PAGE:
Save Towcester Now gets 800 signatures in just one week to fight 'massive' warehouse development

Opposition to the proposal even reaches Westminster

By Max Pearson
Tuesday, 21st December 2021, 11:09 am
In its current form, a single warehouse would dwarf Towcester's town hall
In its current form, a single warehouse would dwarf Towcester's town hall

A petition by the Save Towcester Now Campaign has reached 800 signatures to push back against what they call a 'massive' warehouse development in the area.

The numbers have been achieved just a week after the campaign launched on Monday, December 13.

Campaigners have been stirred by a series of intended developments, which would see four 'giant' warehouses being built in and around the historic town of Towcester.

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The first of the developments, a 76 acre, 80ft high DHL warehouse site next to The Bell Plantation on the A5, is due to go before West Northamptonshire Council Planning in February 2022.

Others are planned around the A43/A5 roundabout and Tiffield, spanning 85 acres and standing up to 78ft high, between the A43/A5 roundabout and the Towcester Rugby Club,11 acres and up to 11 metres, and above the A43/Whittlebury junction, 31 acres and up to 49 ft high, plus land elevation.

Together, all four developments will total four million square feet of mainly warehouses, many of them up to 40 percent higher than industry average.

Save Towcester Now calculate that this could generate up to 10,000 extra traffic movements each day in and around an 'already overcrowded' Towcester road network.

Louise Croft, co-founder of Save Towcester Now, said: "These warehouses belong by the motorways, not on the edge of a historic town.

"The traffic chaos, 24-hour air, noise and light pollution in over four million square feet of industrial development up to 82ft (25 metres) in height will impact on our local environment, health, quality of life & destroy the character of Towcester forever."

The founder also pushed back against claims that the new development will create 2,800 jobs for Towcester and surrounding areas, citing just 160 people on the Jobseekers register in the town, possibly meaning people will need 'bussing in' from elsewhere.

Towcester Town Council recently opposed the proposal and several other parish councils including Whittlebury, Tiffield, Roade, Litchborough and Pattishall have all written or will be writing to West Northamptonshire Planning to voice their concerns.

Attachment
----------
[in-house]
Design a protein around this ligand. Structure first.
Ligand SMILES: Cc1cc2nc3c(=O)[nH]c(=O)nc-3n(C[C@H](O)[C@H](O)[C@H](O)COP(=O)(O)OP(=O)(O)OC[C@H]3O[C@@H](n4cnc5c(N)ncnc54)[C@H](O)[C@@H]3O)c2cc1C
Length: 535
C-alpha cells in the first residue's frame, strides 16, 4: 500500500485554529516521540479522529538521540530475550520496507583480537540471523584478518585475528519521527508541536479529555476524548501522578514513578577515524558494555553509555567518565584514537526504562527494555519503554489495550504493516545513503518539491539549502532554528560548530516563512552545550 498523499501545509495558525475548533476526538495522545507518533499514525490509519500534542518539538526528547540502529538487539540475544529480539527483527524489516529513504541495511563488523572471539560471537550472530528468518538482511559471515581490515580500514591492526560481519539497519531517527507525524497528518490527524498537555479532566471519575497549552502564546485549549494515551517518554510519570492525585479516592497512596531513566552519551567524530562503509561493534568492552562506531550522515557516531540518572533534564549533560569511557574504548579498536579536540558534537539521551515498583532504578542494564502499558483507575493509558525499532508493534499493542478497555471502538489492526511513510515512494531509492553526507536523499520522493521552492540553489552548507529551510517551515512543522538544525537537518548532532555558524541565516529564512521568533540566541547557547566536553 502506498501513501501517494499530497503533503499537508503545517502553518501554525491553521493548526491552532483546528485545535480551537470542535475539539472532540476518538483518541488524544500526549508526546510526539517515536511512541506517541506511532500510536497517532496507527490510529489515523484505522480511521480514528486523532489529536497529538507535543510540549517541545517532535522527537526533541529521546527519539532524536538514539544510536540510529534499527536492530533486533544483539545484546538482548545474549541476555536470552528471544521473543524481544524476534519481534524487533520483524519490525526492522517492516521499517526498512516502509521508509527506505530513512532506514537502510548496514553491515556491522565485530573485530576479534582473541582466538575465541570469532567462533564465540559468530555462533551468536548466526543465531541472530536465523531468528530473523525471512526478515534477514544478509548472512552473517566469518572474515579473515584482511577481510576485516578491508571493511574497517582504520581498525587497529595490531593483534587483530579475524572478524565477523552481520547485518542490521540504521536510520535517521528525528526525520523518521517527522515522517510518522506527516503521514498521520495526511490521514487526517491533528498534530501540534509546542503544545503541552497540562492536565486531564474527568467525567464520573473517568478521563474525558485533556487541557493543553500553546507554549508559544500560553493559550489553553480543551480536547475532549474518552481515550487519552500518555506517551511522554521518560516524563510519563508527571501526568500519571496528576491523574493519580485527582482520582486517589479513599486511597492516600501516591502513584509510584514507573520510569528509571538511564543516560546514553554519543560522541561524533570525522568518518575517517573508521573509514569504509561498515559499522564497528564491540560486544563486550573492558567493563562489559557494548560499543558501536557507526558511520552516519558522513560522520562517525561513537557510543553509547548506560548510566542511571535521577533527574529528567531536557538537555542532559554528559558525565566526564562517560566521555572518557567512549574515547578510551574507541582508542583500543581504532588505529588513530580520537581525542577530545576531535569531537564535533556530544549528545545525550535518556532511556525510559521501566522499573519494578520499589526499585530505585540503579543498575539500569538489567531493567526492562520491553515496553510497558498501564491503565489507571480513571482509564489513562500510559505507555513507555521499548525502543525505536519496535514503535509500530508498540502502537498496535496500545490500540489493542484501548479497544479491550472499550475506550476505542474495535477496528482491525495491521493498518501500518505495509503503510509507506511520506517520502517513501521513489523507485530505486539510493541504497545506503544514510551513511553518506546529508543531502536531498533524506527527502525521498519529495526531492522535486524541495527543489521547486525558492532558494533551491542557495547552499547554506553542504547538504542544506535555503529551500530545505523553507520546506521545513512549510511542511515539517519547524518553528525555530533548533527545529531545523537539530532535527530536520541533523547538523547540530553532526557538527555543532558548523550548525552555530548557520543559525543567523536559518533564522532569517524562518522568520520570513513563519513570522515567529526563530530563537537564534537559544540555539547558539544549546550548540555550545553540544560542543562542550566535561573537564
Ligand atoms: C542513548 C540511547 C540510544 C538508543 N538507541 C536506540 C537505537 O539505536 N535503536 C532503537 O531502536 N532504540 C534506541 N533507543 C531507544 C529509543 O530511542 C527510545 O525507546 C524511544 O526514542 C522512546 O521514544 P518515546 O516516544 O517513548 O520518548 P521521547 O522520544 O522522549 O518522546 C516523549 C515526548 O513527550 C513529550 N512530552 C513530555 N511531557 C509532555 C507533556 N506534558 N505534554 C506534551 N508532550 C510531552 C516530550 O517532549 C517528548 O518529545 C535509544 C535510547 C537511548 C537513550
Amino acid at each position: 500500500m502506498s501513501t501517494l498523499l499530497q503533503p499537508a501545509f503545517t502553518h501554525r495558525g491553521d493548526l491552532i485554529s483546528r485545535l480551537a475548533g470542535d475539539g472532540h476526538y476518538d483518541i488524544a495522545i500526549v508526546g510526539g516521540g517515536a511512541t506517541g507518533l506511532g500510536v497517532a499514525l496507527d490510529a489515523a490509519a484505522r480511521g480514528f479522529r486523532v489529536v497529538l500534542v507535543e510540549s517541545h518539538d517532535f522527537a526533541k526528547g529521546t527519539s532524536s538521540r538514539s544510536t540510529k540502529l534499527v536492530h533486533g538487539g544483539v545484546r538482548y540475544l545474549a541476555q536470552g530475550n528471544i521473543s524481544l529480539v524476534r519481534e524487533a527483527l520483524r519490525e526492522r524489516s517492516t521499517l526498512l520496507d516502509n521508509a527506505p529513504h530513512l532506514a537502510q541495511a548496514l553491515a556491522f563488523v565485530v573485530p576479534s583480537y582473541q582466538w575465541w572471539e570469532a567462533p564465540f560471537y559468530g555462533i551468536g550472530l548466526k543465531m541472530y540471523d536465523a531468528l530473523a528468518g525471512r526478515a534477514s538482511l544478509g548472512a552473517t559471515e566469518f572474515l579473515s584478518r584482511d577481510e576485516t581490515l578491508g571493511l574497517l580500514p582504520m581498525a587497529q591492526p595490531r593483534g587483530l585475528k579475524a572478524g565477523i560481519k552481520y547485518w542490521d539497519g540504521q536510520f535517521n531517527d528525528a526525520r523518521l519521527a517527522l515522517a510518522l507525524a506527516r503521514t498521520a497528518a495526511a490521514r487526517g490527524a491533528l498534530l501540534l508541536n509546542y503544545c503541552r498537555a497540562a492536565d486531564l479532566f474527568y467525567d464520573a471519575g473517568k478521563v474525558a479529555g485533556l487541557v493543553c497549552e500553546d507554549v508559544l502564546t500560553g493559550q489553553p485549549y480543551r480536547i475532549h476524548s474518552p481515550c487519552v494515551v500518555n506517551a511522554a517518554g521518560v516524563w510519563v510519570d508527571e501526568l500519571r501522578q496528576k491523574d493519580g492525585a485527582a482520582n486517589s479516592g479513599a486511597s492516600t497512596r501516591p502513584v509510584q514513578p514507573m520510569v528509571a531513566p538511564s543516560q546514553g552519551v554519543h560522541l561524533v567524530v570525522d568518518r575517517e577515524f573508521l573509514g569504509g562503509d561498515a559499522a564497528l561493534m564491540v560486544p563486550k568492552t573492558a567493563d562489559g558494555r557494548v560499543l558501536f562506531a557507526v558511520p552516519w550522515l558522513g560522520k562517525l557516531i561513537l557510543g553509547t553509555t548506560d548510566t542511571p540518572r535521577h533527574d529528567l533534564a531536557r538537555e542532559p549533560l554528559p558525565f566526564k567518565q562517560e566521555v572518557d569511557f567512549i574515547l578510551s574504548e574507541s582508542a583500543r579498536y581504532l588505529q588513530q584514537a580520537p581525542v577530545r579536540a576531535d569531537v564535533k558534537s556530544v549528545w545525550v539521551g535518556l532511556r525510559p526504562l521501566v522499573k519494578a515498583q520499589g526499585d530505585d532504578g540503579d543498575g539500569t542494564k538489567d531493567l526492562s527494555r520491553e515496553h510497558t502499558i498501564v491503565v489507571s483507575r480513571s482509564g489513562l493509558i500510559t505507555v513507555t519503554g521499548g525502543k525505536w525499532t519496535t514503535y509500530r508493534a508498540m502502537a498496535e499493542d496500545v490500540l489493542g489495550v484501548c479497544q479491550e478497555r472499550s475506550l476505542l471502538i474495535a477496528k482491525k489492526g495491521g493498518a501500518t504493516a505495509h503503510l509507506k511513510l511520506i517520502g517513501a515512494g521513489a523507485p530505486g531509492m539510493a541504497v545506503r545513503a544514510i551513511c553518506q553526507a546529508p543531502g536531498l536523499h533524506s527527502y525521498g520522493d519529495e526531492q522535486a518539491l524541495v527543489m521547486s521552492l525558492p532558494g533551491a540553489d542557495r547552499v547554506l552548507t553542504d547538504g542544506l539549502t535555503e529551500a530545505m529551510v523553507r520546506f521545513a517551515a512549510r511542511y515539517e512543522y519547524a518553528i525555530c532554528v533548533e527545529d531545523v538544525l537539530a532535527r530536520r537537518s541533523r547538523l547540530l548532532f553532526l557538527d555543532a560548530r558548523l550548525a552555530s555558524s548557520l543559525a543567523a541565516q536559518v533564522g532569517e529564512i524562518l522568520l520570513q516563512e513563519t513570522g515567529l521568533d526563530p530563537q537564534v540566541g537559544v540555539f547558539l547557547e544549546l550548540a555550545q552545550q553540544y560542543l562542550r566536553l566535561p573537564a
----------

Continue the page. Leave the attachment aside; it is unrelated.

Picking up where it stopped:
Isla Whitcroft, campaign manager of Save Towcester Now, added: "Had these four developments been submitted for planning as one, then it would have almost certainly triggered a review at national government level with widely publicised consultations.

"Instead, possibly because of Covid, the public consultation was limited and inadequate and as result the developments have stayed ‘under the radar’.

"It is extraordinary how many people in Towcester have simply no idea that these warehouse developments are being planned and are horrified when they hear the facts.

"However, collectively we can make a difference. There are some very simple but effective steps which every resident of South Northants can take to ensure that these developments do not go ahead in their current form."

The campaign says that the proposals are 'in direct contradiction to the South Northants Local Plan', which was approved by their Council in July 2020.

It states that developments should 'conserve the tranquillity of the natural and built environment in South Northamptonshire through high quality design that is respectful to heritage assets and their settings, bio-diversity and the environmental character of the locality and the surrounding landscapes.'

Even Dame Andrea Leadsom, MP for Northampton South has weighed in against the proposals.

The MP said: "Hundreds of constituents have written to me with their grave concerns about the extent of development in our area, particularly of industrial units and logistics warehousing.

"Towcester is a historic town, full of character and its fantastic community spirit must be protected."

Anyone who would like to learn more about the campaign can visit their website or sign their petition.